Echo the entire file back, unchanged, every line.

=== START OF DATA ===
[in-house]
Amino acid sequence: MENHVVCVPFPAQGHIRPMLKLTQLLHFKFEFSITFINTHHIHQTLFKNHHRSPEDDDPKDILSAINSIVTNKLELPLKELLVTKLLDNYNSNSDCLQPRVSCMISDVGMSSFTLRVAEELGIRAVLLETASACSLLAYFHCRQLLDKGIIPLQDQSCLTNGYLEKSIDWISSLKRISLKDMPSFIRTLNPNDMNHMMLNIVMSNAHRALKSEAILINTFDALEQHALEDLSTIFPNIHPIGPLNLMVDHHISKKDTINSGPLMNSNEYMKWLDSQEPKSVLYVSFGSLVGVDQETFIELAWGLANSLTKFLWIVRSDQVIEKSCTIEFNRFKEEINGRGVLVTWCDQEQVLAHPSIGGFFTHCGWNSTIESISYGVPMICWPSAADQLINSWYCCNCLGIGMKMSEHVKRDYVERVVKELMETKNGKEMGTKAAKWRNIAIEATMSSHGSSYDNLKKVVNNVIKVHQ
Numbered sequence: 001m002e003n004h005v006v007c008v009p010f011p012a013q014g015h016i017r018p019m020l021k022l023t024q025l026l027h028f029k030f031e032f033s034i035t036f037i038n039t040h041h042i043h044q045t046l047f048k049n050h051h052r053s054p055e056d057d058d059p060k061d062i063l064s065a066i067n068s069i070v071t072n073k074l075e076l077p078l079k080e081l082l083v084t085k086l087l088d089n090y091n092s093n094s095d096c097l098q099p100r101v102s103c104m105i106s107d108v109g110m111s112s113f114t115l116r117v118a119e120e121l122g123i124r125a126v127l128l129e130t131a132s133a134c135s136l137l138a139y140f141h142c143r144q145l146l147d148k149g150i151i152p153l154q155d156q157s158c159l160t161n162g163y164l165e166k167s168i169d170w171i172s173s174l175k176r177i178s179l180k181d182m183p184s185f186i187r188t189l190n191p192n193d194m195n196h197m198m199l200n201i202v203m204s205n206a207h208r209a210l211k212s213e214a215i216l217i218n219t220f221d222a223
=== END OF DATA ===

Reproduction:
[in-house]
Amino acid sequence: MENHVVCVPFPAQGHIRPMLKLTQLLHFKFEFSITFINTHHIHQTLFKNHHRSPEDDDPKDILSAINSIVTNKLELPLKELLVTKLLDNYNSNSDCLQPRVSCMISDVGMSSFTLRVAEELGIRAVLLETASACSLLAYFHCRQLLDKGIIPLQDQSCLTNGYLEKSIDWISSLKRISLKDMPSFIRTLNPNDMNHMMLNIVMSNAHRALKSEAILINTFDALEQHALEDLSTIFPNIHPIGPLNLMVDHHISKKDTINSGPLMNSNEYMKWLDSQEPKSVLYVSFGSLVGVDQETFIELAWGLANSLTKFLWIVRSDQVIEKSCTIEFNRFKEEINGRGVLVTWCDQEQVLAHPSIGGFFTHCGWNSTIESISYGVPMICWPSAADQLINSWYCCNCLGIGMKMSEHVKRDYVERVVKELMETKNGKEMGTKAAKWRNIAIEATMSSHGSSYDNLKKVVNNVIKVHQ
Numbered sequence: 001m002e003n004h005v006v007c008v009p010f011p012a013q014g015h016i017r018p019m020l021k022l023t024q025l026l027h028f029k030f031e032f033s034i035t036f037i038n039t040h041h042i043h044q045t046l047f048k049n050h051h052r053s054p055e056d057d058d059p060k061d062i063l064s065a066i067n068s069i070v071t072n073k074l075e076l077p078l079k080e081l082l083v084t085k086l087l088d089n090y091n092s093n094s095d096c097l098q099p100r101v102s103c104m105i106s107d108v109g110m111s112s113f114t115l116r117v118a119e120e121l122g123i124r125a126v127l128l129e130t131a132s133a134c135s136l137l138a139y140f141h142c143r144q145l146l147d148k149g150i151i152p153l154q155d156q157s158c159l160t161n162g163y164l165e166k167s168i169d170w171i172s173s174l175k176r177i178s179l180k181d182m183p184s185f186i187r188t189l190n191p192n193d194m195n196h197m198m199l200n201i202v203m204s205n206a207h208r209a210l211k212s213e214a215i216l217i218n219t220f221d222a223